What control over my schedule means to me


Having control over your schedule is the only way that women who want to have a career and a family can make it work. – Mary Matalin

A few months ago I read an op-ed in The Atlantic by Anne-Marie Slaughter, former director of policy planning for the U.S. State Department. In this article she writes about the struggles of working moms in today’s culture, and what needs to change. This was the first time someone used language to describe what I’ve come to understand over the past few years. Having control over your schedule isn’t a job perk, nor should it be a privilege. It’s the only way women can successfully raise children and manage their careers.

Soon after my daughter was born in 2016, I realized that working full-time, 9-5 Monday to Friday as a nurse practitioner on someone else’s schedule wouldn’t allow me to be the kind of person, partner, parent and nurse I wanted and needed to be. Until that time, I worked at least two hours over-time nearly every work day and spent most weekends trying to catch up. I knew I couldn’t keep doing this as a parent or a wife, so it was time to change.

I spent the entire first year of my daughter’s life working towards being in control of my schedule and working from home as much as possible.

Although my family was a huge reason why I decided to work from home and gain more control in my working life, the main driver behind my decision to change how I worked was having cancer. For those of you who don’t know, in 2014 I was diagnosed with a Hurthle cell carcinoma – an uncommon form of thyroid cancer. If it weren’t for having cancer, I don’t think I would have prioritized my family’s needs and my own wellbeing. It was my wake up call to start living on my terms before it’s too late.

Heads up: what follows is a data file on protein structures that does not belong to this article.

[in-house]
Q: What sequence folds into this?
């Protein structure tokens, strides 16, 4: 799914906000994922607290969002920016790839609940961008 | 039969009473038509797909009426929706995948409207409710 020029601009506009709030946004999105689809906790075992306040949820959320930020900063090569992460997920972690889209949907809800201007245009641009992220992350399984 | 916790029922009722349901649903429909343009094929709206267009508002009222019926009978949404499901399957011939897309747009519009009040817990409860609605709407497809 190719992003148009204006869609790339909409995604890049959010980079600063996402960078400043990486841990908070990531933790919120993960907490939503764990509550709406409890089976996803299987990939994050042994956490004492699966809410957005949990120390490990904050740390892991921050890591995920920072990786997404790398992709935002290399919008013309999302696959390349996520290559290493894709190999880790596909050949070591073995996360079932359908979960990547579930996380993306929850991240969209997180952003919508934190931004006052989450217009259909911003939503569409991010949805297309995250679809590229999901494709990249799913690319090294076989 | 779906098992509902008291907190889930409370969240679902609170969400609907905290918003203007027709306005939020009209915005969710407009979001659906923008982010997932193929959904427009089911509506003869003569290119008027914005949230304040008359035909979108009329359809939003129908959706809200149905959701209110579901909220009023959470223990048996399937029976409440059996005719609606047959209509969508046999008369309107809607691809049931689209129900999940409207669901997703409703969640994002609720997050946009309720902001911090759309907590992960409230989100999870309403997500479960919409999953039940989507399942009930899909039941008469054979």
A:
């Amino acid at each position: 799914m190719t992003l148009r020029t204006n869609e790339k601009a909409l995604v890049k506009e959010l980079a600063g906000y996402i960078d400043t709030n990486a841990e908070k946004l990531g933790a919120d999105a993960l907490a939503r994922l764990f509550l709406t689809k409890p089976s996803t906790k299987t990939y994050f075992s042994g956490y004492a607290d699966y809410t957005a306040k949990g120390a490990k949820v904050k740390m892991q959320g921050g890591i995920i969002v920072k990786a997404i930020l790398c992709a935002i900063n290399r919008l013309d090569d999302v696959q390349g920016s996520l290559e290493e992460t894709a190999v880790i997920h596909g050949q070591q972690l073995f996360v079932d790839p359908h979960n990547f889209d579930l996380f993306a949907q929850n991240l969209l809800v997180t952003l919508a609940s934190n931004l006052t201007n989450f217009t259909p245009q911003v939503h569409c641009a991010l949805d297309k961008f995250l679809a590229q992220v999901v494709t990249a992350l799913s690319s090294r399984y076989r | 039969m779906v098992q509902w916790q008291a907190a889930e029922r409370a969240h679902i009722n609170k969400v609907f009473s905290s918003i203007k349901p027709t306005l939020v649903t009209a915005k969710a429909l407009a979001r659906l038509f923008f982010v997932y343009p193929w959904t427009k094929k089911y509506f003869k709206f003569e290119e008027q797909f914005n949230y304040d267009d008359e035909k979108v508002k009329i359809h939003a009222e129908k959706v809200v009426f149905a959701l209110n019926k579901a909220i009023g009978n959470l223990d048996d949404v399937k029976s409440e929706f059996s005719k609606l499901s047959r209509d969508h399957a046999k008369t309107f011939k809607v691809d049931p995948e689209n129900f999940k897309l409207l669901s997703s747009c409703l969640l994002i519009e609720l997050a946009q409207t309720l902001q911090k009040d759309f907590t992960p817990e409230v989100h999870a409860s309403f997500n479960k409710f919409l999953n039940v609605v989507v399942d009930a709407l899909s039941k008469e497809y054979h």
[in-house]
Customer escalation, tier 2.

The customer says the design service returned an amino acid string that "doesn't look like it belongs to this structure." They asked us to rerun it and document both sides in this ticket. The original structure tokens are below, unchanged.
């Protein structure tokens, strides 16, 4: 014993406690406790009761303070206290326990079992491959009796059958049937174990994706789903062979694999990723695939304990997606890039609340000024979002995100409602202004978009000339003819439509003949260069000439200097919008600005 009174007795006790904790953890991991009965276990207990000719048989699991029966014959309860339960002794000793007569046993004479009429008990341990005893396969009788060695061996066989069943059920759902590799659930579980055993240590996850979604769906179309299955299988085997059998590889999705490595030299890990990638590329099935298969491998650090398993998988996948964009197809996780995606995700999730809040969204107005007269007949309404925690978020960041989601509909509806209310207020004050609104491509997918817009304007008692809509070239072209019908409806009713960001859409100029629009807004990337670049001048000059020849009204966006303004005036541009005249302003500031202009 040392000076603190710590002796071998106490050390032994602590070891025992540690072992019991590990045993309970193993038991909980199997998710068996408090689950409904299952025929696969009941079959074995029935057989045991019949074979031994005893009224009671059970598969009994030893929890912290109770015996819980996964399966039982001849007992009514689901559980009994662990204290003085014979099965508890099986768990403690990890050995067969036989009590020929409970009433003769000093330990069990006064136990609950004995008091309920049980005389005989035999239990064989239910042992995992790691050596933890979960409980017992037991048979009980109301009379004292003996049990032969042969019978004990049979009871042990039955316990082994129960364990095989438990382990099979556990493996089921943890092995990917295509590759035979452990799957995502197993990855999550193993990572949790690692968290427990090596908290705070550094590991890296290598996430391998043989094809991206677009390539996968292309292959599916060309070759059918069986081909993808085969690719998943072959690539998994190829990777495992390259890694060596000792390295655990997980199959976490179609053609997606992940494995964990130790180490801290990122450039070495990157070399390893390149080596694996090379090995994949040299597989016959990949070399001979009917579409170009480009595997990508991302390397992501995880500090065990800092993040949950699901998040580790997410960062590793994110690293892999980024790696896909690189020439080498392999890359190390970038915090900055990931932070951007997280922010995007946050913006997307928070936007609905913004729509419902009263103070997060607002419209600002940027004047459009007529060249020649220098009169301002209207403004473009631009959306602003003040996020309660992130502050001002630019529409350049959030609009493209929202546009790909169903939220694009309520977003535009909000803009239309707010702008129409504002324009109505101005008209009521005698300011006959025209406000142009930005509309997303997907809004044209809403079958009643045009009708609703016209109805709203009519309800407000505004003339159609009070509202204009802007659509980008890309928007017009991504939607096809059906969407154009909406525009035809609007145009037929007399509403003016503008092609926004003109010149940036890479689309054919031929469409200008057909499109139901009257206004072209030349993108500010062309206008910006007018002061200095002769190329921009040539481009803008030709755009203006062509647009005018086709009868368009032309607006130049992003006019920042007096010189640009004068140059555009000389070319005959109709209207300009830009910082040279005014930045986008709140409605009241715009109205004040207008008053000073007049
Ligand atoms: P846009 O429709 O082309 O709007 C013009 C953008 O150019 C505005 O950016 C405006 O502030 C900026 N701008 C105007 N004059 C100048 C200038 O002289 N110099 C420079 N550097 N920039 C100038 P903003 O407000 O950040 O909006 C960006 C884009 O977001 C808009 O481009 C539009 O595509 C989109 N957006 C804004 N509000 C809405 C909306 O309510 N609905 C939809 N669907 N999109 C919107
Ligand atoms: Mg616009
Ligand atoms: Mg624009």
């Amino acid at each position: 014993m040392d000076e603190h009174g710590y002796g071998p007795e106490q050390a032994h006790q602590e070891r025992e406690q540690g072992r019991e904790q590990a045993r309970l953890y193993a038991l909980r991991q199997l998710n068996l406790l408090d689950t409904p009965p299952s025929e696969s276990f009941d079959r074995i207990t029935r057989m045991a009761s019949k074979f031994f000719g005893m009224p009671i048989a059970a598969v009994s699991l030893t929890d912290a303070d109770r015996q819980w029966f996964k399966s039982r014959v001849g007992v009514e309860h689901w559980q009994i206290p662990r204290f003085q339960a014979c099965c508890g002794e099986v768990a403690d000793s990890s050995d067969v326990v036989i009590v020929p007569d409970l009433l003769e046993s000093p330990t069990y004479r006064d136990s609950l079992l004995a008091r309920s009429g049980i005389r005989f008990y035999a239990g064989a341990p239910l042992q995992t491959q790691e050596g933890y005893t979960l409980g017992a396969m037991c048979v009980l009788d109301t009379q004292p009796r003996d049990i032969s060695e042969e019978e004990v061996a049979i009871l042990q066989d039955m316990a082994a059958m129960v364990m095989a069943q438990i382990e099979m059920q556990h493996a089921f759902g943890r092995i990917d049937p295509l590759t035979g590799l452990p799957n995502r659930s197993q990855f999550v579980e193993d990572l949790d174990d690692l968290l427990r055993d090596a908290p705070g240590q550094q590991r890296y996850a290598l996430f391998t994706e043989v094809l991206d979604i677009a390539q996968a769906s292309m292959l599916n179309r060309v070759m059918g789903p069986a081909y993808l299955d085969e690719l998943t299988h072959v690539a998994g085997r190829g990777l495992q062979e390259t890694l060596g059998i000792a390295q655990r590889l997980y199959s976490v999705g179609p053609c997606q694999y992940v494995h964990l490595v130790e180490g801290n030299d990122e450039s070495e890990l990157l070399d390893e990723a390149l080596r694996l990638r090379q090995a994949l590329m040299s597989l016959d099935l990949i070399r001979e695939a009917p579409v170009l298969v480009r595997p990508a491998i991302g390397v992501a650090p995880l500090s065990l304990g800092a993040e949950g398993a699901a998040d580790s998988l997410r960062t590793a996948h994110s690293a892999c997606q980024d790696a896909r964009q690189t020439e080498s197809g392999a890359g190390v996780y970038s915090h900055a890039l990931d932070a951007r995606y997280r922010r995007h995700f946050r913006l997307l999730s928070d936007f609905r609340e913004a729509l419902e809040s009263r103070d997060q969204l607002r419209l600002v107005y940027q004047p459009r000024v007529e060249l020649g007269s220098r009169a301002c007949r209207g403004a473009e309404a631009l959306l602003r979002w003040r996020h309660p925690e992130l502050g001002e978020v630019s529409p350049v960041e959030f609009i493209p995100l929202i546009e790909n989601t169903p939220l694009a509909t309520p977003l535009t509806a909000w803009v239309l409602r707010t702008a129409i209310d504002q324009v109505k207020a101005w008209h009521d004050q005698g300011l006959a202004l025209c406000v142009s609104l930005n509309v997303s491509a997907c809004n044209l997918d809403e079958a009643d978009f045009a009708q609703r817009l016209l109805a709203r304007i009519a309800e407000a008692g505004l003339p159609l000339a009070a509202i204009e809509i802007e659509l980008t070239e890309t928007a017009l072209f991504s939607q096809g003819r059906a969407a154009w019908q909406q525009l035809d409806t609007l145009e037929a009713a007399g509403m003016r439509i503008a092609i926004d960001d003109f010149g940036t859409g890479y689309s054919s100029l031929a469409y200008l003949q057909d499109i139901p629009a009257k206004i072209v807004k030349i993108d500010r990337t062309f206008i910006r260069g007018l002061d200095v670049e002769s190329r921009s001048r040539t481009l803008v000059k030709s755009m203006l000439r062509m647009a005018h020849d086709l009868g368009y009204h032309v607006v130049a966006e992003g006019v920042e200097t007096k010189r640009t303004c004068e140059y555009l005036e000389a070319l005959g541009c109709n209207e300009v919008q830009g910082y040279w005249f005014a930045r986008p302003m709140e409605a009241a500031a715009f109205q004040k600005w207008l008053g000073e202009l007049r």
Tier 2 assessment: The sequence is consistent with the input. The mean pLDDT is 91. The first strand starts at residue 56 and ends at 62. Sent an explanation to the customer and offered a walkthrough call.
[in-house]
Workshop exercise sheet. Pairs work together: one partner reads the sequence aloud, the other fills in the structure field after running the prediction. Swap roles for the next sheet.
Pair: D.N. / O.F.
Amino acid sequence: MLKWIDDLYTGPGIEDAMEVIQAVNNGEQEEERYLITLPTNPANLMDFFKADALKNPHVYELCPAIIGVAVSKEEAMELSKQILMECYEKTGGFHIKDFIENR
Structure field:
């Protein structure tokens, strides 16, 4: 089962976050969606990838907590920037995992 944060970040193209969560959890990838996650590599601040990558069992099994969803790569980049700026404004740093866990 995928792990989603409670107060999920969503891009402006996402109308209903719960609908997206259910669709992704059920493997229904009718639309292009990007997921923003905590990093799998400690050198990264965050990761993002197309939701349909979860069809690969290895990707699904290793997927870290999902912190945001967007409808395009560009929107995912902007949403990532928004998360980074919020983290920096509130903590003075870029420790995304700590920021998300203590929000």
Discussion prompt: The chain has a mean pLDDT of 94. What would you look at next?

Besides managing NursEd, these days I work as a nurse practitioner providing virtual care services from the comfort of my home and do home visits for local residents. For the most part, I get to decide when and where I work. Although my hours aren’t always consistent and predictable, they work for me and my family right now.

I don’t make as much income as I could working full-time for someone else, and I sometimes miss relationships that develop from working closely with colleagues. I have no interest in experiencing the overwhelming stress that comes with working for inflexible organizations. I’ve seen the suffering that comes with prioritizing a career over family, and I can’t do it.

The boundaries, hard work, commitment and sacrifices it takes to raise young children and have a career feels like running a marathon. Just having more control over where, when and how I work makes it possible to try my best.

I wish we didn’t have to choose between our careers and our family, but we do if we work in the majority of health care organizations. Most organizations simply don’t make it easy for us to juggle our conflicting responsibilities.

Here’s what would help:

  • Let nurses work together to create schedules that work for them. 
  • Figure out what needs to be done at work, and what can be done at home. 
  • Match work, child-care and school schedules. 
  • Leverage technology to better integrate personal and professional responsibilities.
  • Create a work culture that celebrates and values the role of parenting.

If we want working moms to remain in the profession and have fulfilling, impactful careers in nursing, we can make it easier by having honest conversations with our colleagues, friends, peers and managers about what we need, because our choices and our values matter too.